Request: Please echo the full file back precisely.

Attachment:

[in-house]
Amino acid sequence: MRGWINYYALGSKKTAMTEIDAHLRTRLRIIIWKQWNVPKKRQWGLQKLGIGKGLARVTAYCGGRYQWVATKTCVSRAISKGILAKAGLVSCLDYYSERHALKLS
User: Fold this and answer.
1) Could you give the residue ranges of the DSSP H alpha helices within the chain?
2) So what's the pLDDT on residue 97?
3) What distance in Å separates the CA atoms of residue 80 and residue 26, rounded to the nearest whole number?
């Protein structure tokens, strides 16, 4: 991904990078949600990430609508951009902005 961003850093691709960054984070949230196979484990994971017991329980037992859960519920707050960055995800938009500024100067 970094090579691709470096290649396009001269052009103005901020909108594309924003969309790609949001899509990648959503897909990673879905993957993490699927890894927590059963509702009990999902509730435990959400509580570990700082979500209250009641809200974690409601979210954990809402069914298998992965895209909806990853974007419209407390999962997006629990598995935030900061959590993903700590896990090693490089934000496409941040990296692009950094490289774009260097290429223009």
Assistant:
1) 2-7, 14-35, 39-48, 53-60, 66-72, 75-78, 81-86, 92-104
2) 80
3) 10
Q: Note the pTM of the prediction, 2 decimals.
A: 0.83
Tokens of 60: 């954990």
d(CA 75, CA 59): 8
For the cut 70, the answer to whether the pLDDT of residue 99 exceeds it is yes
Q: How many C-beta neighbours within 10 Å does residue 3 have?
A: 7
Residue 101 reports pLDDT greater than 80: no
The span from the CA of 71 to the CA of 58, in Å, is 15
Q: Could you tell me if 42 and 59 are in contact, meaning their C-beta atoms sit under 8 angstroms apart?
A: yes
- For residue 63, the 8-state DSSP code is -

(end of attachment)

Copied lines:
[in-house]
Amino acid sequence: MRGWINYYALGSKKTAMTEIDAHLRTRLRIIIWKQWNVPKKRQWGLQKLGIGKGLARVTAYCGGRYQWVATKTCVSRAISKGILAKAGLVSCLDYYSERHALKLS
User: Fold this and answer.
1) Could you give the residue ranges of the DSSP H alpha helices within the chain?
2) So what's the pLDDT on residue 97?
3) What distance in Å separates the CA atoms of residue 80 and residue 26, rounded to the nearest whole number?
């Protein structure tokens, strides 16, 4: 991904990078949600990430609508951009902005 961003850093691709960054984070949230196979484990994971017991329980037992859960519920707050960055995800938009500024100067 970094090579691709470096290649396009001269052009103005901020909108594309924003969309790609949001899509990648959503897909990673879905993957993490699927890894927590059963509702009990999902509730435990959400509580570990700082979500209250009641809200974690409601979210954990809402069914298998992965895209909806990853974007419209407390999962997006629990598995935030900061959590993903700590896990090693490089934000496409941040990296692009950094490289774009260097290429223009």
Assistant:
1) 2-7, 14-35, 39-48, 53-60, 66-72, 75-78, 81-86, 92-104
2) 80
3) 10
Q: Note the pTM of the prediction, 2 decimals.
A: 0.83
Tokens of 60: 């954990």
d(CA 75, CA 59): 8
For the cut 70, the answer to whether the pLDDT of residue 99 exceeds it is yes
Q: How many C-beta neighbours within 10 Å does residue 3 have?
A: 7
Residue 101 reports pLDDT greater than 80: no
The span from the CA of 71 to the CA of 58, in Å, is 15
Q: Could you tell me if 42 and 59 are in contact, meaning their C-beta atoms sit under 8 angstroms apart?
A: yes
- For residue 63, the 8-state DSSP code is -